Barely a year after losing her mother to cancer, sixth-grader Violet Barnaby is facing her second Christmas without her—but with her newly remarried father’s wife and her children.
The first Christmas was dubbed Black Christmas, but this one is looking decidedly gray. Now, in addition to dealing with her grief, Violet must find her place in her new stepfamily. Her stepmother, a teacher the kids call the Hammer, proves as difficult at home as she is at school. She lacks empathy and kindness, focusing on her own comfort and desires at the cost of familial harmony. Add in two new stepsiblings, too few chairs at the dining table, and meat on the menu (Violet is a vegetarian), and it is easy to see why Violet feels isolated. When she finds a letter left by her mother that encourages her to make new Christmas memories and move into her new life, Violet wonders if she is ready. Violet’s father and stepmother are painfully clueless and immature, leaving Violet to work out her confusion and grief largely alone. While the treatments of grief, changing friendships, and first crushes are realistic, the constant admonitions from her father to play nice and get along will strike readers as insensitive. The cast is a largely white one.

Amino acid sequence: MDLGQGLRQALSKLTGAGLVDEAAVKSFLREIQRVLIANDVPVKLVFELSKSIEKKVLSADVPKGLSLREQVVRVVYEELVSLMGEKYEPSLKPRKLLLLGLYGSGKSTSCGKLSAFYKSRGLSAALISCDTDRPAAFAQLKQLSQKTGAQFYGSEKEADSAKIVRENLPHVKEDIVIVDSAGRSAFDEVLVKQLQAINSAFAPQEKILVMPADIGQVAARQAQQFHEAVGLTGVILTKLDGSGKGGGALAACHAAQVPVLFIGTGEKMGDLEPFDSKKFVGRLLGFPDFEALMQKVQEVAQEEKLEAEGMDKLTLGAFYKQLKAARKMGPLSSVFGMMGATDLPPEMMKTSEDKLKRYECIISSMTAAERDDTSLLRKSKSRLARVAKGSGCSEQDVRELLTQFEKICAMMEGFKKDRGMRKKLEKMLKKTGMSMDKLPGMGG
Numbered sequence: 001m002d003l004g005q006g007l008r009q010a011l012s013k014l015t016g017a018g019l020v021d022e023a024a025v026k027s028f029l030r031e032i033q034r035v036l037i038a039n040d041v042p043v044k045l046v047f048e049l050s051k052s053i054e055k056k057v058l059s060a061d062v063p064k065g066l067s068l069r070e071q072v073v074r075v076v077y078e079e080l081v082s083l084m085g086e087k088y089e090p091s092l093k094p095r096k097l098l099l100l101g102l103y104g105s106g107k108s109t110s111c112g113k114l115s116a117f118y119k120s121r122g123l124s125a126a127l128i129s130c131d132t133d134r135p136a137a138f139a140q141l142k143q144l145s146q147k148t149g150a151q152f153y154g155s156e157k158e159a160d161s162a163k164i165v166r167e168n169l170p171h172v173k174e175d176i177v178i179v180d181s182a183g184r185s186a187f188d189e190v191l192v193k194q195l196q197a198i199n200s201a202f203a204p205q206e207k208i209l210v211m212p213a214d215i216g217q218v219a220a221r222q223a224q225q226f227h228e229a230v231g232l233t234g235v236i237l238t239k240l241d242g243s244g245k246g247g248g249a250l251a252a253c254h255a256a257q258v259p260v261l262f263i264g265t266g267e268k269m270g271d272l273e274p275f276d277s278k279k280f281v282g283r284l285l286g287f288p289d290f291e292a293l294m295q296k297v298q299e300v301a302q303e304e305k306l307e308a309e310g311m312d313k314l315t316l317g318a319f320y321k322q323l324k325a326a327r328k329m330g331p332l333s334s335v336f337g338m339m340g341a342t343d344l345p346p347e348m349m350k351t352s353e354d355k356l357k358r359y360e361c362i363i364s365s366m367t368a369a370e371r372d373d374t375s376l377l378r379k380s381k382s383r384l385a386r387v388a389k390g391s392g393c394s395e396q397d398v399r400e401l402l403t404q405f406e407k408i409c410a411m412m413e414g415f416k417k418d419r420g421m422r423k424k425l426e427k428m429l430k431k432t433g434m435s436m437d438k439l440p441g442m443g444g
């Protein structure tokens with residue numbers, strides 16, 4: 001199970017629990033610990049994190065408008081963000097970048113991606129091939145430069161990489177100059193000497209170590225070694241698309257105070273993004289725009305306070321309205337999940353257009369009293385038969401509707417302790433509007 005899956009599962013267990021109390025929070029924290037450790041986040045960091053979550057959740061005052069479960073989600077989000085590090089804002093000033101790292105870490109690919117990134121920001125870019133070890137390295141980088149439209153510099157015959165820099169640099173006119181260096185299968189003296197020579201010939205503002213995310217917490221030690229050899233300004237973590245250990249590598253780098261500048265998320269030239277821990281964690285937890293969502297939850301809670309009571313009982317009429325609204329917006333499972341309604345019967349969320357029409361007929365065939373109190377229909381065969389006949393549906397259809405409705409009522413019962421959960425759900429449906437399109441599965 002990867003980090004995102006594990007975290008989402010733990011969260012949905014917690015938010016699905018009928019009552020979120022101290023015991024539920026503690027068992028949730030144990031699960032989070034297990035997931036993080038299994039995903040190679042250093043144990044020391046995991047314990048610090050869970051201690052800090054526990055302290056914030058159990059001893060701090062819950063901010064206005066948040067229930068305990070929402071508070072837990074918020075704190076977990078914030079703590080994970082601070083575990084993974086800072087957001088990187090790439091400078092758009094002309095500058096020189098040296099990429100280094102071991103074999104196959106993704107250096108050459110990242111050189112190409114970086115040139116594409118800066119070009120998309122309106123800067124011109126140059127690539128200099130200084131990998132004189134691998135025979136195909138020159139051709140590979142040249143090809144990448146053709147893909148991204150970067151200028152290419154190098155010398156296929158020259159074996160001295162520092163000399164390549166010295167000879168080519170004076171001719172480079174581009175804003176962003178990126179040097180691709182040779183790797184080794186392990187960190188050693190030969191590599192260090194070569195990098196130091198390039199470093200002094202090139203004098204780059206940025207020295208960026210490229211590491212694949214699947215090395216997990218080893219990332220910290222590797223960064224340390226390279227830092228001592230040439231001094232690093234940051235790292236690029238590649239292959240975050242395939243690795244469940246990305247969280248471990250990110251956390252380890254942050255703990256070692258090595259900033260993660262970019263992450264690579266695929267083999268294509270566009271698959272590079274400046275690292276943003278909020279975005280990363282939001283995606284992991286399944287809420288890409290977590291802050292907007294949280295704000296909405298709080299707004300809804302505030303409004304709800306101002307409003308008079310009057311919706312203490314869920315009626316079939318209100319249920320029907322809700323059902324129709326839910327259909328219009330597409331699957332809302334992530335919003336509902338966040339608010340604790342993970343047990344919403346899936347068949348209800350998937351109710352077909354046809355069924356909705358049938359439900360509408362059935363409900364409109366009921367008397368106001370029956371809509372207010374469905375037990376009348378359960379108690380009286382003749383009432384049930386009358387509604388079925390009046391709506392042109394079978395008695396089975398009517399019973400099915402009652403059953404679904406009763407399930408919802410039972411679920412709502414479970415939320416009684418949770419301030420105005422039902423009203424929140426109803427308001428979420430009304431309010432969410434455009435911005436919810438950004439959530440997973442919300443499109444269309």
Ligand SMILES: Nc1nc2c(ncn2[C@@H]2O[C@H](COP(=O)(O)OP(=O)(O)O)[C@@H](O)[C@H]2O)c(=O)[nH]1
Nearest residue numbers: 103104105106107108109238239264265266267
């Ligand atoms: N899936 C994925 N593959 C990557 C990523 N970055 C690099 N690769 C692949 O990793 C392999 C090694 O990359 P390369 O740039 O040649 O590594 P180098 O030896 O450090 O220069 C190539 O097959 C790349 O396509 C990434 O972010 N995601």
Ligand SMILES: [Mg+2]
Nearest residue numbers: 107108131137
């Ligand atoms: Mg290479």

A mostly emotionally perceptive novel of grief and recovery. (Fiction. 8-12)